- Tourism accommodation occupancy levels have shown large increases compared to last year this time.
- This is, however, mainly due to the low comparison base due to strict lockdowns in May 2020 compared to May this year.
- The largest year-on-year increases in income from accommodation were reported by caravan parks and camping sites, and guest-houses and guest-farms.
Occupancy rates in the hotel sector – which makes up the bulk of the country's tourist accommodation sector – have remained depressed compared to pre-pandemic levels in 2019. But they have still spiked significantly year-on-year, the latest data from Stats SA show.
The largest year-on-year increases in income from accommodation were reported by caravan parks and camping sites, and guest houses and guest farms.
The spike is in part thanks to pent-up demand from households, says Investec economist Lara Hodes.
In May this year, hotel occupancy rates came in at just over 24%, compared to levels of just under 46% in May 2019.
The data also show large increases year-on-year in income from tourism accommodation in May this year compared to May 2020. Income from accommodation increased by 94.6% in the three months ended May 2021 compared with the three months ended May 2020.
This is because it comes from the very low base level due to the heavier lockdown in effect over that period last year, with severe restrictions on leisure travel.
Seasonally adjusted income from accommodation decreased by 2.6% month-on-month in May 2021. The largest negative month-on-month growth rates were recorded for caravan parks and camping sites (-6.5%); and hotels (-1.5%).
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"Pent-up demand by households with accumulated savings has helped buoy this sector. However, many consumers remain financially distressed and wary of travel [due to low] vaccination rates. Unemployment is at a historically elevated level and high administered prices continue to dilute disposable incomes," Hodes said in a statement.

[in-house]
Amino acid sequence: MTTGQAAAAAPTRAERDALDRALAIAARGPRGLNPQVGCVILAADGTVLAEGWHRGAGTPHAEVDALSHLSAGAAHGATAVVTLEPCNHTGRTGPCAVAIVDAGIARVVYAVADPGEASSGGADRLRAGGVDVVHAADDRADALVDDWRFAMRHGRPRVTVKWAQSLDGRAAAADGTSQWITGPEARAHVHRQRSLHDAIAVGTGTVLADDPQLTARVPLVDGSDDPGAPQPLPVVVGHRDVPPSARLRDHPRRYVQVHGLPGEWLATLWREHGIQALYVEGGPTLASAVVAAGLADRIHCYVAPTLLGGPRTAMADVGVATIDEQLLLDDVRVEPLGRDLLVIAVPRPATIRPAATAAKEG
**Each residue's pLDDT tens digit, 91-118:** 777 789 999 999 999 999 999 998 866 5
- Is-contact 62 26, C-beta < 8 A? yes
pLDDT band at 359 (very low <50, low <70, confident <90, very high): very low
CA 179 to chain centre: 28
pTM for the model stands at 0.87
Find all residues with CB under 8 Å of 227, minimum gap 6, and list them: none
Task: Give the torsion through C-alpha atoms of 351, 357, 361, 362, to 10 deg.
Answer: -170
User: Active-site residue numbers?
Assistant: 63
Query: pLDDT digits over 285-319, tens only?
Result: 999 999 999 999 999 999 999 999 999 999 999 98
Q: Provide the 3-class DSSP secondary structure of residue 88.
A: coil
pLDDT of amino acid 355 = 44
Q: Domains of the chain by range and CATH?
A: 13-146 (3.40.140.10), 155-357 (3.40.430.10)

"Reviving SA's tourism sector is a key priority for government, owing to its potential to absorb many low skilled workers and its strong linkages with other sectors of the economy."
But, said Hodes, recent riots would have had an impact on revival efforts.
"The recent unrest in the country will have negatively affected SA's brand. This during a time when it is more difficult to attract foreign travellers who are opting to rather travel closer to home and to countries with high vaccination rates."
She said political and economic stability, coupled with a hastened vaccination rollout, is imperative to boost confidence and attract visitors. She foresees that the adjusted lockdown level to curb the third Covid-19 wave, restrictions on travel to and from Gauteng and the alcohol ban will have a further negative impact on the already battered tourism sector in the near term.
A recent report published by the United Nations shows that "the greatest impact has fallen on developing countries". During 2020 the decline in tourist arrivals across developing nations was "mostly between 60% and 80%, according to the report, says Hodes.
Stats SA data shows that, measured in nominal terms (current prices), total income for the tourist accommodation industry increased by 2 027.7% in May 2021 compared with May 2020.